As far as our target audience – Thai classroom teachers and school decision makers, are concerned the question needs to be asked, is there actually much change occurring in Thai schools? We would love to hear some Thai teachers’ views on this.
The social impacts of technology continue to have a huge influence on all facets of life as shown in the photographs below.
In the way we relate to each other.
How often to you see situations like these?
These effects are not limited to the Western world, nor are they limited by age or gender
Family life has changed in different periods throughout history, and it continues to change ….is it for the better?
Has the meaning of the word friend been weakened by Facebook?
I recently read a book called “A Simpler Time” by the Australian writer, Peter Fitzsimons. In the book, he talked about growing up on the outskirts of Sydney where his father, a soldier in the Second World War, began a new life as a farmer in 1950s, doing the hard physical work of clearing the land and then farming it.
He told the story of family life in Australia in that period where the dinner table discussion, between members of a growing family would have been vibrant and educational as well for the growing children, participating in all sorts of discussions.
Nothing at all like the family dinner scene depicted above.
In this century, educators – teachers and parents, face challenges in educating their children which are different from those challenges faced by teachers and parents in previous generations.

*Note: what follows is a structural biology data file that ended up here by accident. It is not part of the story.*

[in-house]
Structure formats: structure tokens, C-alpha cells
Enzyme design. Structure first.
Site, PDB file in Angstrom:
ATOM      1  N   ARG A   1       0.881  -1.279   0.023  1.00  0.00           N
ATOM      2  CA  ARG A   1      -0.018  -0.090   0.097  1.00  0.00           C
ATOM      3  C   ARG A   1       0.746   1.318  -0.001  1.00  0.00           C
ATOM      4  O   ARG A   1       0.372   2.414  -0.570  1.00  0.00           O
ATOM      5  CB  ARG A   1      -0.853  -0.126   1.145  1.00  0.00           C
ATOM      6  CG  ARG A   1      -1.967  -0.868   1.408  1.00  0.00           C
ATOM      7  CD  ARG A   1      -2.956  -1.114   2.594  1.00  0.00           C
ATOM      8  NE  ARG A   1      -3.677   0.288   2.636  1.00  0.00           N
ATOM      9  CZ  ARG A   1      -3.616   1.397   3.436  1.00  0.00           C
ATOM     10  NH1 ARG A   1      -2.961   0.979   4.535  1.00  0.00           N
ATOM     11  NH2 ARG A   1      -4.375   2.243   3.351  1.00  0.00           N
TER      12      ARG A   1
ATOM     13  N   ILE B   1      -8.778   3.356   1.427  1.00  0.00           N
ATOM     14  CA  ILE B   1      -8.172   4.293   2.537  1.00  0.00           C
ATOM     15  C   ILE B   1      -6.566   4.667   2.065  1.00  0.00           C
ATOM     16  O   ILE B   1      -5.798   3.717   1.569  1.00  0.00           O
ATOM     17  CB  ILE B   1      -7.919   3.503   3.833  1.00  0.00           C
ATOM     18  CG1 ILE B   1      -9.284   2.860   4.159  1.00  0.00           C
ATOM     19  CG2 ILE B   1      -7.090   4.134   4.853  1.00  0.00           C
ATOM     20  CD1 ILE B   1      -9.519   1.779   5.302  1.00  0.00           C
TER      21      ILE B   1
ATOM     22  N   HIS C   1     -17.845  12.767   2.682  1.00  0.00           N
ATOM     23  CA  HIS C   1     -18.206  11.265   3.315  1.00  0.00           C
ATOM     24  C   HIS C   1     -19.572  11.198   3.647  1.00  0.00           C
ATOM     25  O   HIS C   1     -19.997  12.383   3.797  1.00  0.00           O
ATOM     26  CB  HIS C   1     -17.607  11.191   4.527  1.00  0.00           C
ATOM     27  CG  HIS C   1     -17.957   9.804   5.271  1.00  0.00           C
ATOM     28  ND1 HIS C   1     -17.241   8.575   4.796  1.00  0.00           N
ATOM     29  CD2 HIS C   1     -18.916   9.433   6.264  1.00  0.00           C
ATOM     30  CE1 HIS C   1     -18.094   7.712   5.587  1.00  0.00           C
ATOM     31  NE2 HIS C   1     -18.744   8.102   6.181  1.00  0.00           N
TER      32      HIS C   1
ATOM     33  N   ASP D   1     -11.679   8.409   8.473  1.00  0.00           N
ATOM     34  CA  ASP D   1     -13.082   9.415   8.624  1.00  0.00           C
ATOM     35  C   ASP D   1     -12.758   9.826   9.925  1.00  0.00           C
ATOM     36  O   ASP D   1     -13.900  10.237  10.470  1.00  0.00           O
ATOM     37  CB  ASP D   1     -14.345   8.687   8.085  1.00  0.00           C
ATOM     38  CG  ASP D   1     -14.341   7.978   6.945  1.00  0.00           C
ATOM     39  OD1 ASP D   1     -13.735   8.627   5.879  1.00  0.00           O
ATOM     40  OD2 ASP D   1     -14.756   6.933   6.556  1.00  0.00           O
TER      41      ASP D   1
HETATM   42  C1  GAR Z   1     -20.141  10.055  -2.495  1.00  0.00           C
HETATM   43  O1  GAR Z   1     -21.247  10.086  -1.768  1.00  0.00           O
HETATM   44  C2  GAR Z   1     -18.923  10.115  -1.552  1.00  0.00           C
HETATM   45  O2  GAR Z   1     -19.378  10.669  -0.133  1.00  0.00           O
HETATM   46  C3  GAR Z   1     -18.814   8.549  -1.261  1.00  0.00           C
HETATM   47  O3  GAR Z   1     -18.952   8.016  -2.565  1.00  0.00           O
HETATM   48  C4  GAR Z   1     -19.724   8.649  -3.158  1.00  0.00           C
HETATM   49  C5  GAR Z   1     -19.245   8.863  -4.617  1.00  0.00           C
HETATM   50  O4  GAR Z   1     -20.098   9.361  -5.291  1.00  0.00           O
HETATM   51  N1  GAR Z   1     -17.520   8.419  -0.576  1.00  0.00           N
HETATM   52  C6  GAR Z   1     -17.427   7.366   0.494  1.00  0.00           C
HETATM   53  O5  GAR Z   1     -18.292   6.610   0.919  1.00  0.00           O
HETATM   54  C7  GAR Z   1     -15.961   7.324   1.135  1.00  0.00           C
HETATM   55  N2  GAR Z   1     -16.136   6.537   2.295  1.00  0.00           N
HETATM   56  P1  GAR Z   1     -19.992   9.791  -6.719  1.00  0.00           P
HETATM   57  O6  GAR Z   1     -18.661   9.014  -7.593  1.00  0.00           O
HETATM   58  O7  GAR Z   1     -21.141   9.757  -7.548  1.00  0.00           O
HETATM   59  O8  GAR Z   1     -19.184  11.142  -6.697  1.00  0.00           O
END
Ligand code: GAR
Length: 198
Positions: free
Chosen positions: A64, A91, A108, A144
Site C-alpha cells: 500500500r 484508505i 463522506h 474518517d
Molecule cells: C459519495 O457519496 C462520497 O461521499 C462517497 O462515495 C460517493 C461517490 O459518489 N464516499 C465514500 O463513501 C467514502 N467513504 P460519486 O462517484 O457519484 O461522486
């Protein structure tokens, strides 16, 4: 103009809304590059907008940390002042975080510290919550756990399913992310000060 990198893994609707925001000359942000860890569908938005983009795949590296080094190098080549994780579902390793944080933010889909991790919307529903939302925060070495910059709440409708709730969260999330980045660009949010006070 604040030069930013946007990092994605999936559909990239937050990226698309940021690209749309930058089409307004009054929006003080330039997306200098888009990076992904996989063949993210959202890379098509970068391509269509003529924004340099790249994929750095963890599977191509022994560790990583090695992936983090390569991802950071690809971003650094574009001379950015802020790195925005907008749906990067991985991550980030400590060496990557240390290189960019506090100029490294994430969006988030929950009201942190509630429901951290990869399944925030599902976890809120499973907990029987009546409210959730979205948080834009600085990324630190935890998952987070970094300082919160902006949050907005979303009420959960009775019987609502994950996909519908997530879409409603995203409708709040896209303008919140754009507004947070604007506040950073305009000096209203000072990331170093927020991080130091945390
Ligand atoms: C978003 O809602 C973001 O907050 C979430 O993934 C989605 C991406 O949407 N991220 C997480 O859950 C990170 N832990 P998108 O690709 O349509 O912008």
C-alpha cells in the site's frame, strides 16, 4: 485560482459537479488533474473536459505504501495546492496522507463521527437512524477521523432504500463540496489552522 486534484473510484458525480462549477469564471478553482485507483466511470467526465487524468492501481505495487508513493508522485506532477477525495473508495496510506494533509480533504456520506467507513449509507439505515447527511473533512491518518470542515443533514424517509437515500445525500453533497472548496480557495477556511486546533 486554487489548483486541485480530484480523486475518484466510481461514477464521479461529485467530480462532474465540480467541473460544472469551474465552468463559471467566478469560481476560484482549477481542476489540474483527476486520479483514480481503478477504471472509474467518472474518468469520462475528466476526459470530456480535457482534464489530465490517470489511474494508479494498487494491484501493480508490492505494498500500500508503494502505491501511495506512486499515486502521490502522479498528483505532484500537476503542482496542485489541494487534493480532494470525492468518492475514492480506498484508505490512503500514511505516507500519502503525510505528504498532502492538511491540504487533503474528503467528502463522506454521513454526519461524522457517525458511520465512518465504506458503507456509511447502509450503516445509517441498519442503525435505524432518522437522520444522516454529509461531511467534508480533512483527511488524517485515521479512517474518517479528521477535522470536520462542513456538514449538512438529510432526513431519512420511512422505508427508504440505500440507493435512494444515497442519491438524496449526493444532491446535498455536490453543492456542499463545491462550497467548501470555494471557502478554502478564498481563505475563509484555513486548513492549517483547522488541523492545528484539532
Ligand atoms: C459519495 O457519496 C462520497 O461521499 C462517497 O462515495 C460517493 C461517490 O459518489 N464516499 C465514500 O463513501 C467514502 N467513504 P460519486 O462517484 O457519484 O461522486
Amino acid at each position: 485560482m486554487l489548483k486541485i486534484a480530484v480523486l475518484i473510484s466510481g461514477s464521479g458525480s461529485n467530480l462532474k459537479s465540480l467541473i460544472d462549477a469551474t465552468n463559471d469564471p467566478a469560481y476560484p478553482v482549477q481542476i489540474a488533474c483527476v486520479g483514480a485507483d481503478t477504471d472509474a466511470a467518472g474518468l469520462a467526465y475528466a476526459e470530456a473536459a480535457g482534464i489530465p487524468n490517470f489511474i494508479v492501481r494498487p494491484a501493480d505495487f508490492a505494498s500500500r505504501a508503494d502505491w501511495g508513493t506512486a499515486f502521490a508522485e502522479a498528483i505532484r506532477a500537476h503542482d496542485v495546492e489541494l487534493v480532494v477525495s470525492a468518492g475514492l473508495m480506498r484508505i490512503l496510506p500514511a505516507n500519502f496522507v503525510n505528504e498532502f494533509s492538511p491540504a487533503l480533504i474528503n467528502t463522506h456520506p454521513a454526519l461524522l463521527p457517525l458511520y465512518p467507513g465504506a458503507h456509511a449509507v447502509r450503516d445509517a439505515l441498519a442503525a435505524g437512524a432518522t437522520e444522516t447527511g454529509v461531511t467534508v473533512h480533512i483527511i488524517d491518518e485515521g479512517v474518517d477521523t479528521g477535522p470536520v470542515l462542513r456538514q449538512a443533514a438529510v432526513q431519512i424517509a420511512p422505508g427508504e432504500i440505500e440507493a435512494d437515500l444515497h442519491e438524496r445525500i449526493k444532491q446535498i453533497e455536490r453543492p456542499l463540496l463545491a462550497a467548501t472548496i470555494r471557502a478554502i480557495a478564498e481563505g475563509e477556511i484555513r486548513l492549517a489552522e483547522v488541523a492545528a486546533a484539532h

The digital screen can be a powerful educator but, it can also be a harmful one. Parents of young children today are faced with the paradox of allowing their children to be “digital natives” and start using digital devices as soon a possible, while others resist this use of screens at a young age by limiting or refusing access to TV and other digital media – the paradox bring that the children can learn so much from this media, but they can also develop unhealthy dependence on such media at the expense of free play and interaction with others.
The 21st Century skills lists referred to above, commonly list the following skills and attributes as essential to the current century:
Below is a useful diagram on critical thinking that some out readers may not have seen.
This and other ideas for developing critical thinking can be found at https://www.mentoringminds.com/
The book, “Making Thinking Visible: How to Promote Engagement, Understanding, and Independence for all Learners” by Ron Ritchhart, Mark Church, and Karin Morrison is a highly influential work directly related to advising teachers on how to nurture the development of these skills.
This year, I have had the great pleasure of watching an outstanding Primary Year 2 teacher, use the techniques advocated in the book. I go into her class most days, what I see is that when questions are asked, by the teacher, or someone in the class, up go the hands and the responses invariably begin with I think …… “
This shows that these children are on the road to developing their own critical thinking, and it shows these techniques can be developed at a young age
By starting these techniques early in their education, we are helping children develop habits of mind that enable them to think more deeply, to be better problem solvers problems and to develop their understanding. This teacher’s use of the Thinking Visible techniques has worked really well in just over four months.
Our feature article this month by Dr Don W Jordan and Ms Ellen Cornish is on questioning techniques, an aspect of pedagogy which is essential to the teaching of critical thinking.